Now that I have proven my geek bona fides by the lights of Patrick Rothfuss, and we have established that RPGs are themselves myths, I have to lay out the second part of my argument, that RPGs represent an innovation in myths of epochal importance.
Tabletop RPGs are important, because instead of hearing myths around a fire from a storyteller or hearing them from a pulpit on Sunday, gamers are writing their own communal myths to make sense of their lives.
And it is this communal-creative aspect that makes gaming a significant and revolutionary phenomenon. For thousands and thousands of years, myths were subject to control of nation-states. A short example using Egypt again comes immediately to mind. Egyptian religion was pagan, with multitudinous gods like those of Greece and Rome, for the majority of its history. Until one pharaoh, Akhenaten, decided that there was in fact only one god, the sundisk Aten. For the length of his reign, Egyptian religion spun around like it got slapped by Conan. Temples to the one god were built, the capital was moved, and bas-reliefs of the one god bloomed. This new monotheism only lasted as long as the reign of Akhenaten, after which his more famous son Tutankhaten changed his name to Tutankhamen, and switched the religion of Egypt back to that of paganism with its herds of gods.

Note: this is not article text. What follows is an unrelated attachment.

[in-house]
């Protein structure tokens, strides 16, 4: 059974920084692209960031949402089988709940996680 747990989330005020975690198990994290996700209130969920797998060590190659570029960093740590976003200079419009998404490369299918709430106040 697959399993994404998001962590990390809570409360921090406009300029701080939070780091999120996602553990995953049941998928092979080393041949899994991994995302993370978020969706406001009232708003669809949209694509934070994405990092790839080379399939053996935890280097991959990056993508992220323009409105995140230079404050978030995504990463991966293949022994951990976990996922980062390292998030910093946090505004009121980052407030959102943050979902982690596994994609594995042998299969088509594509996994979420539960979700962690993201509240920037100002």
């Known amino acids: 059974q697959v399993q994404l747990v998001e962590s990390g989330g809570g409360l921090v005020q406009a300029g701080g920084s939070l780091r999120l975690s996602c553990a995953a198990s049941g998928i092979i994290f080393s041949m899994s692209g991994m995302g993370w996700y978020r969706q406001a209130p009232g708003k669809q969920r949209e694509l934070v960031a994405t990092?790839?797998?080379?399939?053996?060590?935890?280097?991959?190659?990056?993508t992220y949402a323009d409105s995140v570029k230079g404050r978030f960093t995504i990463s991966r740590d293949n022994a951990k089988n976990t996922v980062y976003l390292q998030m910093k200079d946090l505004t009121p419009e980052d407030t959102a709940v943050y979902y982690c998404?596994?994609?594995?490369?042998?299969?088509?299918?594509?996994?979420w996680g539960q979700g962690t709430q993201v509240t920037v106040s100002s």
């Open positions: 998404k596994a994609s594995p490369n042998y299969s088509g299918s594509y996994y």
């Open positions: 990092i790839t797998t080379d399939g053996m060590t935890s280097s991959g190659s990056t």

Here, we see the mythology of Egypt turning in total subservience to the state, because myth and story was seen as so important that it could not be left to the common people. And so it went for much of recorded history, with Romans sicking lions on Christians for a mythology not in line with that of the state, which was followed by Christians burning pagans at the stake for the same crime.
And this is far from a Eurocentric phenomenon. The Prophet Mohammed was forced to leave his hometown of Mecca for preaching that the old gods did not exist.
And so mythology and stories were left in control of the state, until the Protestant Reformation, which essentially opened the gates in Europe with Martin Luther’s very punk rock affirmation that any person can, when guided by the Holy Spirit, make their own interpretation of Scripture.